Legally speaking, children cannot pick which parent to live with. The decision is not up to them alone. When forced to make a ruling, courts will favor joint custody and consider all sorts of factors, from living situations to family roles to criminal records.
The children's wishes may be taken into account, especially as they grow older, but they are not the only factor in the equation.
That said, some parents do prioritize asking the children what they want. These parents are focused on the children's best interests, and their intentions are good. They just want the kids to be happy.
While it is wise to consider their desires, experts warn that it can be problematic to let them choose outright. The children may not be in a place, mentally or emotionally, to make that decision. They may choose something they later regret. Remember that rationality and logic do not always guide decisions when you are a young teenager or child.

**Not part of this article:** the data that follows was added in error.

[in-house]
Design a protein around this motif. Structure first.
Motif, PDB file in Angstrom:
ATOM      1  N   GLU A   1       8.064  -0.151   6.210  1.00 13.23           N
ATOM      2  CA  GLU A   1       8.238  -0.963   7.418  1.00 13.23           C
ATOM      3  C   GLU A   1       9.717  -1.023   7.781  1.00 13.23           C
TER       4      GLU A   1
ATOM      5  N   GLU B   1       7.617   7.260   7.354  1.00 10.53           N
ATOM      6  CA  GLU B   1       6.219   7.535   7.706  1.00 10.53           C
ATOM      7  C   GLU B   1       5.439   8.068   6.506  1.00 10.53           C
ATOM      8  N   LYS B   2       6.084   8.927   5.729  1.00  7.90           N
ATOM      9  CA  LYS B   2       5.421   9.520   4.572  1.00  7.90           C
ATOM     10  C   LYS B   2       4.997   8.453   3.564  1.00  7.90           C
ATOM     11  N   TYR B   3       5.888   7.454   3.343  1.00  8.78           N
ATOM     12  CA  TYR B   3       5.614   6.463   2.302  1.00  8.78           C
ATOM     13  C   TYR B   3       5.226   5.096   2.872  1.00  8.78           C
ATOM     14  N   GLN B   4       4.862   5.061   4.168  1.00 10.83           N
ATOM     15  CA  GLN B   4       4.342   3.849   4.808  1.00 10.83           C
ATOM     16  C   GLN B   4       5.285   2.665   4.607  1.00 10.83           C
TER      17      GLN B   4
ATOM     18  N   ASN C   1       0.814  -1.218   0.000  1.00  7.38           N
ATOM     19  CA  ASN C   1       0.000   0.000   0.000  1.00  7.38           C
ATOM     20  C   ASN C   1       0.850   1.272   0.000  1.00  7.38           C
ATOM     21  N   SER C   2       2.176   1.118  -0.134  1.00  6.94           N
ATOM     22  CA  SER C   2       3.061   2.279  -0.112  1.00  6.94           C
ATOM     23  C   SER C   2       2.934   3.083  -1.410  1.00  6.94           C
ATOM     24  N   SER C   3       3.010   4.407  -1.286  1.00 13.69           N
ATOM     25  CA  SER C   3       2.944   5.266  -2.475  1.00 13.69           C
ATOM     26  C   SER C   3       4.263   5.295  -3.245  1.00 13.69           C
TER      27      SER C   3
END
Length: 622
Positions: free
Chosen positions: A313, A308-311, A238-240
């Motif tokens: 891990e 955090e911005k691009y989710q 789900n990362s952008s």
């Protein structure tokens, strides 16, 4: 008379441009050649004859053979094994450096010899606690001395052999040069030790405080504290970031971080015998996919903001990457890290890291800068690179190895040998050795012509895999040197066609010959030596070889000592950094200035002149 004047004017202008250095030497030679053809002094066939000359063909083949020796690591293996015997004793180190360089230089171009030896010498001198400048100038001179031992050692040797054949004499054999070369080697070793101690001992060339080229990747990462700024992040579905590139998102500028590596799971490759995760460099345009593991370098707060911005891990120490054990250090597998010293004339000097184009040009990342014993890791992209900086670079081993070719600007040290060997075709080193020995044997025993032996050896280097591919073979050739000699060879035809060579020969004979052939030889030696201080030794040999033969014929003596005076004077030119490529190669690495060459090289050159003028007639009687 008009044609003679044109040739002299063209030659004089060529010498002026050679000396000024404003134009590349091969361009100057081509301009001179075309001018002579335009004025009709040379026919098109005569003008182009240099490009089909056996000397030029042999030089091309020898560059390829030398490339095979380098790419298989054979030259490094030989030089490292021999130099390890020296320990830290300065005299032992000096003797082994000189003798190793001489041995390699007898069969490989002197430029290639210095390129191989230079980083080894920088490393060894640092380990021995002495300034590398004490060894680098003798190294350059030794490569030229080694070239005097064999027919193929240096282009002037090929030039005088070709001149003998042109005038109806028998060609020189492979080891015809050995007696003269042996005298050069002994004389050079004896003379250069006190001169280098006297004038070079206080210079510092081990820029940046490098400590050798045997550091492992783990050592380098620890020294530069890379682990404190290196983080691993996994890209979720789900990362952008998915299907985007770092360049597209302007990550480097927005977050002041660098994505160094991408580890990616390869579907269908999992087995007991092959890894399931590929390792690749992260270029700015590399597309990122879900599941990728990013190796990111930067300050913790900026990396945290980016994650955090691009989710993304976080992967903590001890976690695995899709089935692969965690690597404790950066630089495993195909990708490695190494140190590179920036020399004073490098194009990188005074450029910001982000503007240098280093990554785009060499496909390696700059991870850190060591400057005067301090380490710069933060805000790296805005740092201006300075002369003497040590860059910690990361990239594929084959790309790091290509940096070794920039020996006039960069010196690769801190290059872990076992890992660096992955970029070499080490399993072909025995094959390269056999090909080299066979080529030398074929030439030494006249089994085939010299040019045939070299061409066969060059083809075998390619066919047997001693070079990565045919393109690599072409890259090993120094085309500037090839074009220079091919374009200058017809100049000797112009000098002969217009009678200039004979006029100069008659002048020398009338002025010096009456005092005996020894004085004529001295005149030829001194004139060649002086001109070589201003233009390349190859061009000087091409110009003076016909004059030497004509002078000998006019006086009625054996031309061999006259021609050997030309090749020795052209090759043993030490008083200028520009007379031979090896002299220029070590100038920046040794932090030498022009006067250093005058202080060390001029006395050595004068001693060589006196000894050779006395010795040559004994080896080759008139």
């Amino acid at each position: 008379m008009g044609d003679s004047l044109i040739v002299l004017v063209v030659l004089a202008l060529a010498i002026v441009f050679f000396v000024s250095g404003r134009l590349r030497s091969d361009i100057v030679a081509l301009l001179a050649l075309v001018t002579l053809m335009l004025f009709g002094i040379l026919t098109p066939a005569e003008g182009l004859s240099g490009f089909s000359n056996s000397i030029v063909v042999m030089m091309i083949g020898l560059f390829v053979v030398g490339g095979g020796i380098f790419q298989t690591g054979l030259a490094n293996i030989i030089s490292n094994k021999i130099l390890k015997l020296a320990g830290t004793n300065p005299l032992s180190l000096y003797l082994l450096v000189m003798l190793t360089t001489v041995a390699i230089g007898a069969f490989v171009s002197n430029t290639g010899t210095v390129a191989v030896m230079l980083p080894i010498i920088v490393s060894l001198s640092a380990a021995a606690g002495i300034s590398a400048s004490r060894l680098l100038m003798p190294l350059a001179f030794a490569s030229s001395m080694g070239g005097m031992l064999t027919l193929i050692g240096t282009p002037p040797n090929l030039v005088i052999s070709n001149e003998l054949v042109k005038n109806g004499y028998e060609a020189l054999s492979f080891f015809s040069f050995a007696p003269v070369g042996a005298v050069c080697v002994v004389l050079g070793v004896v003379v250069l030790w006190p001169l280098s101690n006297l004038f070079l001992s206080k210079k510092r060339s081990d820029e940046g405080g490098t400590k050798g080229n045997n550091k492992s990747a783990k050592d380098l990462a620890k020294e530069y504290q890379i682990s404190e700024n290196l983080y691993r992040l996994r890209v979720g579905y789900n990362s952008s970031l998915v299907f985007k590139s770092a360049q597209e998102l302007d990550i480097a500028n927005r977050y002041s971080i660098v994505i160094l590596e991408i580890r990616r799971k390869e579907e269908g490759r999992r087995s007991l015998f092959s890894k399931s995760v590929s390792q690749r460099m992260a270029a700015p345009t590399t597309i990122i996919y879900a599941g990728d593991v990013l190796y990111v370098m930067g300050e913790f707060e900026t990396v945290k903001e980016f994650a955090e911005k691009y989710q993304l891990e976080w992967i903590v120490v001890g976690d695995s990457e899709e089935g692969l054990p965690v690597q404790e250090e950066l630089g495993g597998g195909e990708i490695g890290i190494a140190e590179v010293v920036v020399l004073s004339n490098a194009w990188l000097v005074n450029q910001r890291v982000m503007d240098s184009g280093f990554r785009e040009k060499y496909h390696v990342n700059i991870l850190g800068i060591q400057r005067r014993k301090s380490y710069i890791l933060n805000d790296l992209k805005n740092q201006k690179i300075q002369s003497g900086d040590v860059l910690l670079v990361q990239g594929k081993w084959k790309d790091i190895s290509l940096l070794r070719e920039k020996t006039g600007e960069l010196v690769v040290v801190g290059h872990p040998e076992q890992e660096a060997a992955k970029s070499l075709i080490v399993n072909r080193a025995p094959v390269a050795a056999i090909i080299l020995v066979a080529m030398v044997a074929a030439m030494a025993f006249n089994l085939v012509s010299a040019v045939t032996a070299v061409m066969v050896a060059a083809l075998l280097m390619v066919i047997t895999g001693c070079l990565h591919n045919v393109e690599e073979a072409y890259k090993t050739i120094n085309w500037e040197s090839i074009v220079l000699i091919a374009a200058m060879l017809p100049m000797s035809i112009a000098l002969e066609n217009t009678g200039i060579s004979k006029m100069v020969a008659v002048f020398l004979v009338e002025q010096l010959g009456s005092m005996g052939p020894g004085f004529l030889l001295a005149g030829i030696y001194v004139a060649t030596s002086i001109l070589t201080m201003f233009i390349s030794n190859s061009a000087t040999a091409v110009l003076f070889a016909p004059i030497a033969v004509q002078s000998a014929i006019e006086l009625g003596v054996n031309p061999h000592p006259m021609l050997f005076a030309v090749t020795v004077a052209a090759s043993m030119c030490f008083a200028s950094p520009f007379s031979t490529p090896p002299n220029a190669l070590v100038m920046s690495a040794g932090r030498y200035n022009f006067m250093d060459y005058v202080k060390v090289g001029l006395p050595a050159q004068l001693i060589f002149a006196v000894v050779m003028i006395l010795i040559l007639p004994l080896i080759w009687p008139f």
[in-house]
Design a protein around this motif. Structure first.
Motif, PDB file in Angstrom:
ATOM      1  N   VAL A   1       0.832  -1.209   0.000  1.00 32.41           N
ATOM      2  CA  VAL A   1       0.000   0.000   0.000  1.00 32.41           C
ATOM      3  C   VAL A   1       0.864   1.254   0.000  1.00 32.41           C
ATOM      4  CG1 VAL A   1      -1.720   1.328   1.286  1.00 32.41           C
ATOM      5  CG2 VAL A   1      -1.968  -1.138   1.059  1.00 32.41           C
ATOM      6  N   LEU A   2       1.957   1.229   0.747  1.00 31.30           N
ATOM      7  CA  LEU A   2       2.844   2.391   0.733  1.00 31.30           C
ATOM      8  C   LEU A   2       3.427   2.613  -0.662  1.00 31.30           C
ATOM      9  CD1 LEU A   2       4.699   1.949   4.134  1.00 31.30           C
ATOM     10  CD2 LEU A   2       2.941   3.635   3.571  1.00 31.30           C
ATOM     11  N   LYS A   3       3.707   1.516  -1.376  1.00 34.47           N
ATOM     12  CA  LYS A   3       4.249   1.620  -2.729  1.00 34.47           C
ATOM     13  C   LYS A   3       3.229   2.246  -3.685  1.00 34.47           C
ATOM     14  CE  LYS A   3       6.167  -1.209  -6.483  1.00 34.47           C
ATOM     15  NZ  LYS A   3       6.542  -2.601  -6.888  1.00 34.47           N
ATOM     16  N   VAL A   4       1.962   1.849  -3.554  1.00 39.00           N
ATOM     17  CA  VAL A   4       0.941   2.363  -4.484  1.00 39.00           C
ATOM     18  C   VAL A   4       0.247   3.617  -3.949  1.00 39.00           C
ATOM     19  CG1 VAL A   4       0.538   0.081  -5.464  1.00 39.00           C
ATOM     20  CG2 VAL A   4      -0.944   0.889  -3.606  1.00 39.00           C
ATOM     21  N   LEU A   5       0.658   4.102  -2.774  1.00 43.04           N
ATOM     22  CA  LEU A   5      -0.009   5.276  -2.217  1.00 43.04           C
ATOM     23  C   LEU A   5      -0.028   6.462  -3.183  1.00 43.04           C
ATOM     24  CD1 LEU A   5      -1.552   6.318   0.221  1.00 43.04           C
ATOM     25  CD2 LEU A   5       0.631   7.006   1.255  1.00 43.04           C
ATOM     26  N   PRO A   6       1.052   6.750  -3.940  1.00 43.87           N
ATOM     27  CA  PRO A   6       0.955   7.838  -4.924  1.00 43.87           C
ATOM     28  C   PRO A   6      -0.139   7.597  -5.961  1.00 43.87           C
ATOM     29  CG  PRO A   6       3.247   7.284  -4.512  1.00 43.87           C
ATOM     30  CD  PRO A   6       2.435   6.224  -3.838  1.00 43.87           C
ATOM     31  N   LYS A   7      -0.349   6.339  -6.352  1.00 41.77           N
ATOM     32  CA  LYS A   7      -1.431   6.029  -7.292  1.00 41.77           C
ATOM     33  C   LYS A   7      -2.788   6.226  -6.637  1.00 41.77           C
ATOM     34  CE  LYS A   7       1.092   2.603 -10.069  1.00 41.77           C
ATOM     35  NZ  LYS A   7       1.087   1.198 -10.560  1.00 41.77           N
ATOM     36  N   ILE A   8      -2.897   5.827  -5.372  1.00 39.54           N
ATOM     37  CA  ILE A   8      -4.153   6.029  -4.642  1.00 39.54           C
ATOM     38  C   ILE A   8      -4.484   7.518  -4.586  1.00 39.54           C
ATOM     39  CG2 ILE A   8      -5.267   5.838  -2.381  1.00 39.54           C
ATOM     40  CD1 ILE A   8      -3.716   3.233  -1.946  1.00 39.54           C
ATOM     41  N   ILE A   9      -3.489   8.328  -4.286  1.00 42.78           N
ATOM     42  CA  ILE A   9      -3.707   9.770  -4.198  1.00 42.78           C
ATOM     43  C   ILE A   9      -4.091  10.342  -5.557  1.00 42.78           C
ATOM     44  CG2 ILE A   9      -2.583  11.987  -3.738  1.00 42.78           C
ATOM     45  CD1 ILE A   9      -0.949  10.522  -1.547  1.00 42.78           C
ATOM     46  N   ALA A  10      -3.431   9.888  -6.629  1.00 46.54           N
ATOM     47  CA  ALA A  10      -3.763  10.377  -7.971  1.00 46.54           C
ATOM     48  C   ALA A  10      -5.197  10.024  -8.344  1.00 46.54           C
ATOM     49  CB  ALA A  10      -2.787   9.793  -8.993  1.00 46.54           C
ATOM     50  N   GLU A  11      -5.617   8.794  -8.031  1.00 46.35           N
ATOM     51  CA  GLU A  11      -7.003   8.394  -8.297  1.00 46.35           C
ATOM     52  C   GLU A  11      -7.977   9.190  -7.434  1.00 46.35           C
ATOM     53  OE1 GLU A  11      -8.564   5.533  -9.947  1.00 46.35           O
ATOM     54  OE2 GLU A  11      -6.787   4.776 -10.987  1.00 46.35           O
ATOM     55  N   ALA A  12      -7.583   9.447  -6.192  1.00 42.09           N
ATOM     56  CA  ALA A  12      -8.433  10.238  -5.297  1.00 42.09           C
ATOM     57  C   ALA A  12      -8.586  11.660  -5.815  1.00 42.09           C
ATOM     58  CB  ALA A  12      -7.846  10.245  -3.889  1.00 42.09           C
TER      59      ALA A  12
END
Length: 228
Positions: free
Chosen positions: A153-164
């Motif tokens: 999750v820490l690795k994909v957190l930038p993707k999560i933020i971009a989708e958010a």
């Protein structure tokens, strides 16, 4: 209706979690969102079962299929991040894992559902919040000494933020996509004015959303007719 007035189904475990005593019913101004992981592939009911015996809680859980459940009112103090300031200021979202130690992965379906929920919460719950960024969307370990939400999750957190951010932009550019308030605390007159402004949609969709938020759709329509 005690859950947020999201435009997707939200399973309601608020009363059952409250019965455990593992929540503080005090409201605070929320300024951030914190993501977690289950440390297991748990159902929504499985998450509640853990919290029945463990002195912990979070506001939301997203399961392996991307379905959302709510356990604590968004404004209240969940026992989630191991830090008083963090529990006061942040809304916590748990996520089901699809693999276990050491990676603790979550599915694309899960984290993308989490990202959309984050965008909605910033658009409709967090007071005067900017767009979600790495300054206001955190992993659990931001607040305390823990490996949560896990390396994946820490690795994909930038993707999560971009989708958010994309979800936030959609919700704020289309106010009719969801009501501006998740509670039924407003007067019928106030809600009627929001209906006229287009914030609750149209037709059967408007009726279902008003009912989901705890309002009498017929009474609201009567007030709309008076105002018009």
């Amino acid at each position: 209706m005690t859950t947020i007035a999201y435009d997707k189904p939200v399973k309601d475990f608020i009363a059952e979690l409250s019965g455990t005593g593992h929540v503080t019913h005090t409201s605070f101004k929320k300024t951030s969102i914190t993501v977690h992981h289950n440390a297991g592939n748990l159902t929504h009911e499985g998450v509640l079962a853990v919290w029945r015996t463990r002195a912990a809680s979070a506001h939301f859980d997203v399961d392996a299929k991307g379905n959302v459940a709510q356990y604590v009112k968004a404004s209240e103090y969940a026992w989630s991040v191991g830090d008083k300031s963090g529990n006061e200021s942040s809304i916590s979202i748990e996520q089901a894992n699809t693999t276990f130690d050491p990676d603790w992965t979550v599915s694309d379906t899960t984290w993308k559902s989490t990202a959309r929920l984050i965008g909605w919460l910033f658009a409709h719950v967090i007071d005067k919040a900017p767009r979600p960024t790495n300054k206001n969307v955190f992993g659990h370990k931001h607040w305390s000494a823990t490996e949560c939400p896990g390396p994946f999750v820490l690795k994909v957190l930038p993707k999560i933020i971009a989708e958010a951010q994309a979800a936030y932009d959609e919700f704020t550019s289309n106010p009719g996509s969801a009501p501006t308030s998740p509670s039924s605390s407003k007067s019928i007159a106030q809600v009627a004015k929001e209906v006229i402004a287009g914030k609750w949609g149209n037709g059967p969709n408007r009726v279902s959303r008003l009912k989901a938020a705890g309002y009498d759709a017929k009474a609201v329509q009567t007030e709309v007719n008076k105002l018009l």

In fact, many people who did get to choose have later expressed guilt and regret. They felt bad to have "abandoned" one parent in favor of the other. That decision may have been based on minor factors -- like one parent letting them stay up later and offering more freedom -- but the decision can cause damage to relationships that lasts into adulthood.
When you and your spouse split up, make sure you understand all of your parental rights and how to craft a functional child custody arrangement. Always focus on the child's best interests, but remember that children themselves can sometimes lose sight of that.